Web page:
Lifestyle change key to sustainability

I’ve been asked to join the fight against the proposed sulfide mining.  Any time you choose an adversarial position, real progress towards a solution is hard to achieve.  When I think of this debate, I think of a quote of Mother Teresa.  “I was once asked why I don’t participate in anti-war demonstrations,” she said.  “I will never do that, but as soon as you have a pro-peace rally, I’ll be there.”

 Everyone in the U.S. supports clean water and mining because we insist on having clean water to drink and we use the products of mining.  What we need, however, is a sustainable way to mine.  For that to happen, we need to rethink our consumer culture.  Is this type of culture in the best interest of our planet?  If not, it will come back to hurt us.  In the best interest of our planet, and of ourselves in the long run, we should purchase only products that in all ways are good for the environment and also improve human rights.  That is a tall order.  Is it an achievable goal?  Yes!

 We first need to understand that shopping for the sake of shopping is fundamentally wrong.  When a person considers thoughtfully, ahead of time, about needed purchases, he or she should only look for products that bear labels indicating environmental integrity; we should want products that have this type of label.  Consumers should also be prepared to pay three to four times more than some products now cost, to cover the cost of producing products in environmentally sound ways.  This paradigm shift of consumer values would be ok, though.  Why?  Purchasers would buy 1/4 fewer products because the products would last longer and personal happiness would be derived by means other than casual shopping.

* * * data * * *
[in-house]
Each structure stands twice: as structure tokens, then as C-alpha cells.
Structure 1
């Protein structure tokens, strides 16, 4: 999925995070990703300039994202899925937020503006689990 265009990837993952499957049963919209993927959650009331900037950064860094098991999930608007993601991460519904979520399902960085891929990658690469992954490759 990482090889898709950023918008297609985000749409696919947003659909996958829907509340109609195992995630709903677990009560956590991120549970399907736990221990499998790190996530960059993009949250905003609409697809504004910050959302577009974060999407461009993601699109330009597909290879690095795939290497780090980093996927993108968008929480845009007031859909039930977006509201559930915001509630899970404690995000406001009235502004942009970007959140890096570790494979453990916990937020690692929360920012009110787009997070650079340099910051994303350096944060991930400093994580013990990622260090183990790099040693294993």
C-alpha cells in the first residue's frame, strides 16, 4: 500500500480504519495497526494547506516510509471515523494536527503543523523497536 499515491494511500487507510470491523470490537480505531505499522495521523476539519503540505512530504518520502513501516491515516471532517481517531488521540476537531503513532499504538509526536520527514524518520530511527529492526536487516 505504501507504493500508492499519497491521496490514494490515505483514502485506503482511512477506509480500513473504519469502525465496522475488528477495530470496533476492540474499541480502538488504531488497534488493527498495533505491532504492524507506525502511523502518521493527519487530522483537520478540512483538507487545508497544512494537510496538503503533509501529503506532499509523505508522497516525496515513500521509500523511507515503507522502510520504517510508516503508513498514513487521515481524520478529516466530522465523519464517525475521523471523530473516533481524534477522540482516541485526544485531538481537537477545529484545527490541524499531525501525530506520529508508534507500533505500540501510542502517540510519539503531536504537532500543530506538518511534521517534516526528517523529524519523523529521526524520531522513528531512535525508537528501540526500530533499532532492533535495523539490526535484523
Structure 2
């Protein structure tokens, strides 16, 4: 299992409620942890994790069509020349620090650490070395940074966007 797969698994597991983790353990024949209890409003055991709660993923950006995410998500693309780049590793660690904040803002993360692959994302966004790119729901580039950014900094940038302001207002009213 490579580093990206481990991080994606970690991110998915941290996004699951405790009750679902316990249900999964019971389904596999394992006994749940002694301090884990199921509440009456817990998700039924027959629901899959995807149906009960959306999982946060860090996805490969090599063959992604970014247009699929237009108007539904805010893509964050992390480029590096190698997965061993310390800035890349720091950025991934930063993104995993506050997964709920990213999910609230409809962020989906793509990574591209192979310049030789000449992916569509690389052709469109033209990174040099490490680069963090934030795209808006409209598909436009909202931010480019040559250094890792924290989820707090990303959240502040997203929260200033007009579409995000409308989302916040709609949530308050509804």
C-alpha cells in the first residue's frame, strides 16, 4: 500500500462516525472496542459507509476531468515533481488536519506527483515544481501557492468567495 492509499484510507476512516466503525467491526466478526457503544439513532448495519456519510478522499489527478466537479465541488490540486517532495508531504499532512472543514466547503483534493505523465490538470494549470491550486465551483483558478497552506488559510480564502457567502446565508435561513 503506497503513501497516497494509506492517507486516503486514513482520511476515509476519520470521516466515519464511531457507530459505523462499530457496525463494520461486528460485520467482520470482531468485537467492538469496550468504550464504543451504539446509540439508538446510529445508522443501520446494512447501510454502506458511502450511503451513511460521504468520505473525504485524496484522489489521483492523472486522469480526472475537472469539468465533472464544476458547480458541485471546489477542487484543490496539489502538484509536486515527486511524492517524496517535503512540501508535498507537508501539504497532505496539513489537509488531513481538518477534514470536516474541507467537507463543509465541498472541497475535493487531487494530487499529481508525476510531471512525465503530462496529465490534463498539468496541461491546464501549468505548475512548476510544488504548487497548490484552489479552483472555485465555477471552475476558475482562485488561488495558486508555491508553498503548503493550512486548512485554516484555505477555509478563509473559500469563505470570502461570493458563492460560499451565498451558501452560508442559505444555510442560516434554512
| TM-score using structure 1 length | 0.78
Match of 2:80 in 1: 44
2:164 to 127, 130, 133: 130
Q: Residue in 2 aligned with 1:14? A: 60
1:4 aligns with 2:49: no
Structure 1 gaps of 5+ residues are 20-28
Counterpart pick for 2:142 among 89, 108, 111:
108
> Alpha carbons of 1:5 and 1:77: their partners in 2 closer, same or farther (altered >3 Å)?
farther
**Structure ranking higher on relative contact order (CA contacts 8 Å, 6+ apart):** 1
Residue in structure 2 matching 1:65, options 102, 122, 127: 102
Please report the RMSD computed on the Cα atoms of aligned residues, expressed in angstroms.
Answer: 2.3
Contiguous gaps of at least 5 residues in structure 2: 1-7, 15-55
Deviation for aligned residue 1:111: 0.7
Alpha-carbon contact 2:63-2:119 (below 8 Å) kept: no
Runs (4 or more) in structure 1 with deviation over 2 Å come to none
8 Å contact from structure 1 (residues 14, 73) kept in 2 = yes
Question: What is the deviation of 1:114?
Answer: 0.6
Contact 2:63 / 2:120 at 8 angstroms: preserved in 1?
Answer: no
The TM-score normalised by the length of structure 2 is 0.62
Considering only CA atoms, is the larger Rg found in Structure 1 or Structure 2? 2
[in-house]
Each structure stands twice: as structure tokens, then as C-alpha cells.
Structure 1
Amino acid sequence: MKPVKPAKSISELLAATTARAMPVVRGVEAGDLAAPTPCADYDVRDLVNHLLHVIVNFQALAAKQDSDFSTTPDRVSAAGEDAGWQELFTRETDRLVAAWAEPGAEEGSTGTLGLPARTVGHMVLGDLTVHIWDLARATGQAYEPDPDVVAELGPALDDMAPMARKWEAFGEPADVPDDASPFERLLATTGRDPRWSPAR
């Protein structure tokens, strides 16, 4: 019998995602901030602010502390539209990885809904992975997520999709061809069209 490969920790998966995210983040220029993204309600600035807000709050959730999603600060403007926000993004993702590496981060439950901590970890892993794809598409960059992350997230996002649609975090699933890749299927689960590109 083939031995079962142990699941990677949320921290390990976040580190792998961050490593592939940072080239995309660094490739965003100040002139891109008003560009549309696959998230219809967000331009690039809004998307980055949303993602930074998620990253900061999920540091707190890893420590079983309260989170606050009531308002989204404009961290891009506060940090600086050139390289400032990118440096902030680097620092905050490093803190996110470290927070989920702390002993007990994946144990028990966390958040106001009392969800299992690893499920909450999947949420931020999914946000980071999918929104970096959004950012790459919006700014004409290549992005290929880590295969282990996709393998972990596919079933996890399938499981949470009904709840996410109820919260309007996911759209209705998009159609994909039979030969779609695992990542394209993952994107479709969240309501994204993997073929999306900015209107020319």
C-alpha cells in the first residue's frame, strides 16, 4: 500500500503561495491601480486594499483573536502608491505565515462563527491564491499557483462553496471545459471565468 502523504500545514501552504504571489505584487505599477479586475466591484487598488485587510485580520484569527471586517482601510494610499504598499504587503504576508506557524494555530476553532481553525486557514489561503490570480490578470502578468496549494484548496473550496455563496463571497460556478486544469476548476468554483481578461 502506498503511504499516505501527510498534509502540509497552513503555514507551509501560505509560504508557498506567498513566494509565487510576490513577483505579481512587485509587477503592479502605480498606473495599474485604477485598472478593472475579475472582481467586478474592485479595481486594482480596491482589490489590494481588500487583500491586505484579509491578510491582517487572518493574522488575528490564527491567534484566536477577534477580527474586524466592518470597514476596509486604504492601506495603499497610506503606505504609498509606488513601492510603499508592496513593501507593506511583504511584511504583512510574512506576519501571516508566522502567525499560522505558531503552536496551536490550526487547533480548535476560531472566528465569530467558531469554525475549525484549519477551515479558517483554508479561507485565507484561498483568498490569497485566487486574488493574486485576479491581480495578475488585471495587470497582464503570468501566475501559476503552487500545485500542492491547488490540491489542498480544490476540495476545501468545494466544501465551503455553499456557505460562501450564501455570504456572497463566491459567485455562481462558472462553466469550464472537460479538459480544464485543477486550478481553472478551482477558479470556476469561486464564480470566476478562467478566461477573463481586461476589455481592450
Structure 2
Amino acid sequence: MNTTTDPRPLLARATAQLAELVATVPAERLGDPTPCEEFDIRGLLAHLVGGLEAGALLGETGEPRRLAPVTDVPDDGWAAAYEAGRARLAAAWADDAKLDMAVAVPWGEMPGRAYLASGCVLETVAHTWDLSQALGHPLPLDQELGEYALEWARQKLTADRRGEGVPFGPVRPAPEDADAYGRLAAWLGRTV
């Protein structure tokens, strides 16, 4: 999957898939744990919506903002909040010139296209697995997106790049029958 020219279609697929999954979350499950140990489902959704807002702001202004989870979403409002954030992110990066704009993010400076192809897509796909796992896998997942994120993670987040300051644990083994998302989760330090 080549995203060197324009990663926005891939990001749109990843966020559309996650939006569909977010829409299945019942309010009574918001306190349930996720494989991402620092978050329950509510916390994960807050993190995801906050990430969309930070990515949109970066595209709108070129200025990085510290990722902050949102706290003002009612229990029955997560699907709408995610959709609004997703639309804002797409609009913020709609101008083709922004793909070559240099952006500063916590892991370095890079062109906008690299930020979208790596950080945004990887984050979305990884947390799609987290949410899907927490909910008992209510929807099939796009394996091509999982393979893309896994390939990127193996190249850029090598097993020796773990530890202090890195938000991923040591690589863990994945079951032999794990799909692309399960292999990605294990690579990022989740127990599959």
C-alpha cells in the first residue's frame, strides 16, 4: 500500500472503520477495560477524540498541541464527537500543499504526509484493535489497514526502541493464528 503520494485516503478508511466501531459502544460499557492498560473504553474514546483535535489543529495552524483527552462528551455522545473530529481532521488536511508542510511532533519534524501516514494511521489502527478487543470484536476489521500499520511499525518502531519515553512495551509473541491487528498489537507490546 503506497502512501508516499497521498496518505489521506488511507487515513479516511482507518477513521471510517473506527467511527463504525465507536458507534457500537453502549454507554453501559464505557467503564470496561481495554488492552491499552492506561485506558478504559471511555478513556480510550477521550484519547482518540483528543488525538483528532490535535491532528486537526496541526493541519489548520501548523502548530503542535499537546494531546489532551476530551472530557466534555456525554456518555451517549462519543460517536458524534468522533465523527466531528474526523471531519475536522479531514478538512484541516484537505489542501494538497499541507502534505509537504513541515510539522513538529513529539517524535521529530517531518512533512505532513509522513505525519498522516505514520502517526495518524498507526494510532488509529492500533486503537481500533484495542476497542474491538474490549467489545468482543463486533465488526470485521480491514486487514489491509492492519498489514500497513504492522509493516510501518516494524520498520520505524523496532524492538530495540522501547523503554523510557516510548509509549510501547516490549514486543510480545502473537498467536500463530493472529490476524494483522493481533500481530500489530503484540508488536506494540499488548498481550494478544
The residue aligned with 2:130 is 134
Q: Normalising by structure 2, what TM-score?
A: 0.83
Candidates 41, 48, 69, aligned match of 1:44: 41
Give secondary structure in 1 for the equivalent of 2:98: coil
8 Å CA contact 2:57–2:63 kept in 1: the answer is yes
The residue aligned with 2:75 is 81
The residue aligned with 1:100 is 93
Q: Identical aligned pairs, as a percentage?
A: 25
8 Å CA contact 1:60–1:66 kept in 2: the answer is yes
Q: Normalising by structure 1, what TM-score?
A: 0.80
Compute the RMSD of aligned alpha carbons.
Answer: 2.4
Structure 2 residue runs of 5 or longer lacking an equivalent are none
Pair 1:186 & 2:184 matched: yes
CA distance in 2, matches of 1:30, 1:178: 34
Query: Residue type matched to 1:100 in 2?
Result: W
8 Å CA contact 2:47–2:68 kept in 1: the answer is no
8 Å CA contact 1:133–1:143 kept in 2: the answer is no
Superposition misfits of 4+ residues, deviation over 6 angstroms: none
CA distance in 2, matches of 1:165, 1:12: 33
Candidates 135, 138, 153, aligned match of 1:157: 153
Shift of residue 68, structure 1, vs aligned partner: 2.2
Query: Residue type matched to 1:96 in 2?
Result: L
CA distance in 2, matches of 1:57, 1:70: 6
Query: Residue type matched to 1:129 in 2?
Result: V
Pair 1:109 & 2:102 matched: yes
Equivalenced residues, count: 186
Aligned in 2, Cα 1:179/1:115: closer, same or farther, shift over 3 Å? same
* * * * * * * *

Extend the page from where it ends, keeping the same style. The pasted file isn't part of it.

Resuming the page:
To force mining, manufacturing, and related goods and services to use environmentally sound standards will take nothing short of a monumental amount of power.  We, consumers, use that power every day.  When the “Will of the People” is known, industry turns on a dime to produce products correctly.

 One other time in our history as a nation, a paradigm shift happened.  On Dec. 7, 1941, the Pearl roared.  Americans then came together to overcome an oppressive force that could destroy us all.  Pearl Harbor was not just a place on the map but a turning point in American consciousness.  It was very clear, at that time during our history, who and what the enemy was.  We set aside our differences, determined what we had to do, and instilled great social change to accomplish our goal, and to ensure our vision.

 A strong work ethic and strong moral values, coupled with an enormously healthy planet, fueled the last 100 years of unprecedented economic growth.  These attributes and resources are hard to find now.  Thus, the unsustainable lifestyle that we live today will cause a collapse of our way of living unless we change and recognize the Silent Pearl before it roars.

Andy Hill

Ely, Minn.

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